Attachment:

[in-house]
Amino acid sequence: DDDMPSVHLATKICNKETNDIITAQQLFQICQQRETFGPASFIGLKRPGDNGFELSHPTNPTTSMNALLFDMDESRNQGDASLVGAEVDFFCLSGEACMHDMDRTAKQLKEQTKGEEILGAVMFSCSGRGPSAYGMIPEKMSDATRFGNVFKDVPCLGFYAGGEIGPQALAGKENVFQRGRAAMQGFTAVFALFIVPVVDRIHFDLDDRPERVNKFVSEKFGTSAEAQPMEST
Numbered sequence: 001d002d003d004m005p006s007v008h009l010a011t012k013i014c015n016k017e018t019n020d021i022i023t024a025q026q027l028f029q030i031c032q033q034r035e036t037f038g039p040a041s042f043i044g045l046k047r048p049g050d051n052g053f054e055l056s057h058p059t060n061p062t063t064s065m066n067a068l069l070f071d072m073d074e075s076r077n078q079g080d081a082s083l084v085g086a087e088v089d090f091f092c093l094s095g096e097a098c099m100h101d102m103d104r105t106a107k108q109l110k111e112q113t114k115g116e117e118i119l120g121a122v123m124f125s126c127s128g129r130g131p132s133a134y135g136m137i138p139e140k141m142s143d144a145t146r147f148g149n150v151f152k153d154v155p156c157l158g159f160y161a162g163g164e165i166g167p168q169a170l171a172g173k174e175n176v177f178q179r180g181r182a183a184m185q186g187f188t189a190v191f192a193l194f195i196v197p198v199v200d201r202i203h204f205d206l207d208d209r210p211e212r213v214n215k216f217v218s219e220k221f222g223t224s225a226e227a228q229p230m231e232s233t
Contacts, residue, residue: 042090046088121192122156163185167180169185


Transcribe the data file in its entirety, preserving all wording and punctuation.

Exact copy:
[in-house]
Amino acid sequence: DDDMPSVHLATKICNKETNDIITAQQLFQICQQRETFGPASFIGLKRPGDNGFELSHPTNPTTSMNALLFDMDESRNQGDASLVGAEVDFFCLSGEACMHDMDRTAKQLKEQTKGEEILGAVMFSCSGRGPSAYGMIPEKMSDATRFGNVFKDVPCLGFYAGGEIGPQALAGKENVFQRGRAAMQGFTAVFALFIVPVVDRIHFDLDDRPERVNKFVSEKFGTSAEAQPMEST
Numbered sequence: 001d002d003d004m005p006s007v008h009l010a011t012k013i014c015n016k017e018t019n020d021i022i023t024a025q026q027l028f029q030i031c032q033q034r035e036t037f038g039p040a041s042f043i044g045l046k047r048p049g050d051n052g053f054e055l056s057h058p059t060n061p062t063t064s065m066n067a068l069l070f071d072m073d074e075s076r077n078q079g080d081a082s083l084v085g086a087e088v089d090f091f092c093l094s095g096e097a098c099m100h101d102m103d104r105t106a107k108q109l110k111e112q113t114k115g116e117e118i119l120g121a122v123m124f125s126c127s128g129r130g131p132s133a134y135g136m137i138p139e140k141m142s143d144a145t146r147f148g149n150v151f152k153d154v155p156c157l158g159f160y161a162g163g164e165i166g167p168q169a170l171a172g173k174e175n176v177f178q179r180g181r182a183a184m185q186g187f188t189a190v191f192a193l194f195i196v197p198v199v200d201r202i203h204f205d206l207d208d209r210p211e212r213v214n215k216f217v218s219e220k221f222g223t224s225a226e227a228q229p230m231e232s233t
Contacts, residue, residue: 042090046088121192122156163185167180169185